The first thing to do is to acquaint yourself with the Power BI Visuals Gallery. This is a central hub where you can find a range of free visuals developed either by Microsoft or by third parties that are ready to be added to your Power BI dashboards.

To connect to the Power BI Visuals Gallery open your web browser and navigate to https://app.powerbi.com/visuals. You will see a set of available visuals rather like the one in the following figure.

This page is constantly evolving, and so I imagine that what you are looking at now is very different. Hopefully, though, you should be excited to see lots of new and amazing types of data visualization that will allow you to add unparalleled pizazz to your dashboards.

Loading Custom Visuals

Now that you have found a treasure trove of extra presentation elements for your reports you need to learn how to add them to Power BI Desktop.

1 - In your web browser navigate to https://app.powerbi.com/visuals.

2 - Click on the visual that you want to download. A dialog will appear asking you to confirm the download. It will look something like the following figure.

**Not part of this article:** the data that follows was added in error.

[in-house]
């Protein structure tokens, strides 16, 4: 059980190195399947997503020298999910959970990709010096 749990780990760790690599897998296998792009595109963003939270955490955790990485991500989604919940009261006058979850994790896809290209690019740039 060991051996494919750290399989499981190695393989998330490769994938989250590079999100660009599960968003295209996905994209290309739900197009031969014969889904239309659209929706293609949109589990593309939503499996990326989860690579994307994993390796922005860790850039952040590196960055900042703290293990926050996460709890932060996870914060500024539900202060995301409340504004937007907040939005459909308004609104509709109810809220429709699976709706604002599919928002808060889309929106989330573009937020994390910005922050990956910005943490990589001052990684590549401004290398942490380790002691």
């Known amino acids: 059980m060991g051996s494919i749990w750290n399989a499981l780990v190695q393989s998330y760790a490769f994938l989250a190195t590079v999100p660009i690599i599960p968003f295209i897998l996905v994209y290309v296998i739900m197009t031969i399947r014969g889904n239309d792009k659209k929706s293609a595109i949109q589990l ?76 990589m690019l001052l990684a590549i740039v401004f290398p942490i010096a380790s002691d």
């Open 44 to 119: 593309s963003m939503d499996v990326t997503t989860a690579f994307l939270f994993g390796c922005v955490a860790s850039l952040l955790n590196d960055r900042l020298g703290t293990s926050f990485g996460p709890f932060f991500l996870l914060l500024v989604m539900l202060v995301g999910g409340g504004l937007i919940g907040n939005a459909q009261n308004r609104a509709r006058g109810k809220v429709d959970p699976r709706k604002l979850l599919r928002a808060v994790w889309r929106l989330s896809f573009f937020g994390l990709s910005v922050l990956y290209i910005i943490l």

3 - Click Download Visual. The community agreement dialog will appear - as you can see in the following figure.

4 - Click I Agree. The visual will be downloaded. Depending on your version of windows (and any machine-specific configuration) it will be placed in a specific folder or give you the choice of a folder.

5 - In Power BI Desktop click on the import custom visual button (the ellipses) in the Visuals Gallery of visuals in the Visualizations Panel. A cautionary dialog like the one in the following figure will appear.

6 - Click Import. The Windows File Open dialog will appear.

7 - Navigate to the folder where you downloaded the visual file in step 3 and click on the visual file. You can see an example of this in the following figure:

8 - Click Open. The confirmation dialog will appear as shown in the following figure.

The icon for the visual will appear at the bottom of the gallery of visuals in the Visualizations Panel. You can then use this visual just like any other Power BI visual